12. 12. THE PLAY PARADIGMA Therapeutic Platform
  13. 13. A THERAPEUTIC PLATFORM THE PLAY PARADIGMThe Beginning The Play Paradigm was born out of my personal therapy, my clinical work in the field and in private, clinical supervision given and received, being a student and a lecturer, reading case studies, being a human being, etc., where I noticed there was a big gap between theory and practice. In light of the power discrepancy between therapist and patient; this gap concerned me. The Play Paradigm emerged to address this gap.
  14. 14. A THERAPEUTIC PLATFORM THE PLAY PARADIGMThe Problem Although this is the era of post-modern psychology and humanism, the use of play therapy still involves the use of force via the manipulation of patients to accept a specific idea or viewpoint. The practice of classical psychology is essentially unchanged despite the new clothes. This problem is difficult to change mainly for two reasons. The first difficulty is that there is a perception in the Western world that there are many truths or that truth is multi-faceted. The second difficulty is the Western concept of duality or the either/or schema.
  15. 15. A THERAPEUTIC PLATFORM THE PLAY PARADIGMThe proposed solution The purpose of the Play Paradigm framework is to provide a solution for the difficulty in implementing force-free treatment in this post-modern and humanistic era. The Play Paradigm is not a technique but a platform for implementing force-free such as play therapy. This framework views the concept of truth as a dynamic variable and the theoretical model as non-dual.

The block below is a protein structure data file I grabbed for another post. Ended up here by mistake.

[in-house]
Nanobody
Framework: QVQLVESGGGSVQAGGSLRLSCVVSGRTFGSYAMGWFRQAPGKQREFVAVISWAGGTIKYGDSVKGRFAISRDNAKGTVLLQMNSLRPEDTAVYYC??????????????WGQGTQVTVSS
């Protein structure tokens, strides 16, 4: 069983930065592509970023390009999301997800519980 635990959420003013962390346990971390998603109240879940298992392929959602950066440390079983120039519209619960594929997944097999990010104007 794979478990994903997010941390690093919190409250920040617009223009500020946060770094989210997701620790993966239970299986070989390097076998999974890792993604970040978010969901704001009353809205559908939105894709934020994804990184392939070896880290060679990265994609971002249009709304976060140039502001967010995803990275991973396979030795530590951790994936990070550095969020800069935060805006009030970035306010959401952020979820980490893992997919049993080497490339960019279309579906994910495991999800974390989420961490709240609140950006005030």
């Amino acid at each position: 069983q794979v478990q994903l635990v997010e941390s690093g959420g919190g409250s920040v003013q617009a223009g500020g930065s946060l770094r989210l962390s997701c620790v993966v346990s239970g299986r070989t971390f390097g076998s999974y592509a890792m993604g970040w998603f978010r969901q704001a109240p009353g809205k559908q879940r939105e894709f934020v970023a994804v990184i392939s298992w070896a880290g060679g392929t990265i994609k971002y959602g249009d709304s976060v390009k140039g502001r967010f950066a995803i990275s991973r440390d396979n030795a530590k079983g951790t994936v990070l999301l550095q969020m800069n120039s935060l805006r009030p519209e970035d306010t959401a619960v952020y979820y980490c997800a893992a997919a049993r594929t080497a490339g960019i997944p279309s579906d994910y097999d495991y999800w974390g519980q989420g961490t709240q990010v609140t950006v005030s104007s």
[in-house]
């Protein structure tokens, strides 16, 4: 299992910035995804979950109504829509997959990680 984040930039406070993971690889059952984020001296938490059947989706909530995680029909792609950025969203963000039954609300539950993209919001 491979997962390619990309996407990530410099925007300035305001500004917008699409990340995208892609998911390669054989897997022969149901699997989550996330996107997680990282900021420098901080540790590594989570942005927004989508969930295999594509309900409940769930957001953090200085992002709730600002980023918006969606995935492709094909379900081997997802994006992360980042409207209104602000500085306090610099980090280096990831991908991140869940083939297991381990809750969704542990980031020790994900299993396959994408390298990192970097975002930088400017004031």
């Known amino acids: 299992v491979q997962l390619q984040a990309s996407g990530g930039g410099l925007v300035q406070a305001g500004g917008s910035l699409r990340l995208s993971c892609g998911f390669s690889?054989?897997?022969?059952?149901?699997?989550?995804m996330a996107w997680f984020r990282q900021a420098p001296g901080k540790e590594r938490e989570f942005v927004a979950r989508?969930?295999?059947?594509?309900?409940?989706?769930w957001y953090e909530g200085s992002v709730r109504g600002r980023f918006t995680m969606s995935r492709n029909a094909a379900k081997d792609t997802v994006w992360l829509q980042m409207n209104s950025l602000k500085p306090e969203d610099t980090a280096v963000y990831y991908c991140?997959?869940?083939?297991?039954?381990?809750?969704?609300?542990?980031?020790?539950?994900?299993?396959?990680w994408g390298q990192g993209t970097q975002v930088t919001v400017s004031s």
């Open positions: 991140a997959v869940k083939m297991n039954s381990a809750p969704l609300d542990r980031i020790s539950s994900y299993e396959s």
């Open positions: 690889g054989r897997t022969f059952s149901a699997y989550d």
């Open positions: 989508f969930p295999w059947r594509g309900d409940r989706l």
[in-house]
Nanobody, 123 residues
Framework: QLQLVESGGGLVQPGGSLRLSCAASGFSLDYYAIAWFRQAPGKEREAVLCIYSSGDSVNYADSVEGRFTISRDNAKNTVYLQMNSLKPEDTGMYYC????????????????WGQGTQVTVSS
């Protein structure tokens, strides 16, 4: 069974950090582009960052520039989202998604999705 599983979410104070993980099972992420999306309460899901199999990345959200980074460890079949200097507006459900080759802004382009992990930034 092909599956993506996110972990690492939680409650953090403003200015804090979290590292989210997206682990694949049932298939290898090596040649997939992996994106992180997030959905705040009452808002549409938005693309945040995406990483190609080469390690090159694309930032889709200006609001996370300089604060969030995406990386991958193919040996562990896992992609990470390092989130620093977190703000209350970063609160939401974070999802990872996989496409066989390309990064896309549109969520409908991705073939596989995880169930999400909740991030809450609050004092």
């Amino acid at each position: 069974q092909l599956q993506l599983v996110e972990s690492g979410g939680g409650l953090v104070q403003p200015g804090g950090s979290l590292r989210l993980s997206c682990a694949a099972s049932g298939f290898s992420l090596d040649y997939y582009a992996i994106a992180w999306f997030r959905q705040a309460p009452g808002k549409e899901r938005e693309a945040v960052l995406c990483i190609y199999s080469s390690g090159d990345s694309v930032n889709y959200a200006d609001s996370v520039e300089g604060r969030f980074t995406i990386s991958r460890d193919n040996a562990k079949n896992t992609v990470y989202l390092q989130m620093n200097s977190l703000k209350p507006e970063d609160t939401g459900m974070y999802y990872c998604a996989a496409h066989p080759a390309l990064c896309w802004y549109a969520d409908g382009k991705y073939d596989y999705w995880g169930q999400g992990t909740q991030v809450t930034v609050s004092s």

17. 17. A THERAPEUTIC PLATFORM THE PLAY PARADIGM –The Objective Connecting the individual to his unique self via a humanistic and phenomenological approach in which the therapist does not intervene but, rather, is vividly present, experiencing, allowing, breathing, mirroring, and undergoing parallel processes to the patient. This is done under the premises that connecting with the patient’s pre-verbal stage is essential to group dynamics and that the activity of play is an existential component of our lives both in infancy and adulthood.
  18. 18. A THERAPEUTIC PLATFORM THE PLAY PARADIGM Work platform The Western world’s practice of this paradigm operates in accordance with a binary model, taking into consideration Western ways of thinking and the dynamics between play, language, and cognition. Dialogue This platform invites mental health professionals to become aware of the Eastern world’s philosophy based ways of thinking and encourages a dialogue.
  19. 19. A THERAPEUTIC PLATFORM THE PLAY PARADIGM – Rational Truth is not static. This paradigm is responsive to patient’s changing dynamic truth. It reviews and questions again and again our perceptions of mental health and the basic premises by which we provide mental health treatment. It invites a new and refreshing outlook. This paradigm is not static, but rather regenerating, though its core elements remain the same.
  20. 20. FOR MORE INFORMATIONCONTACT: Dov Blum Israel Email: 052-5277726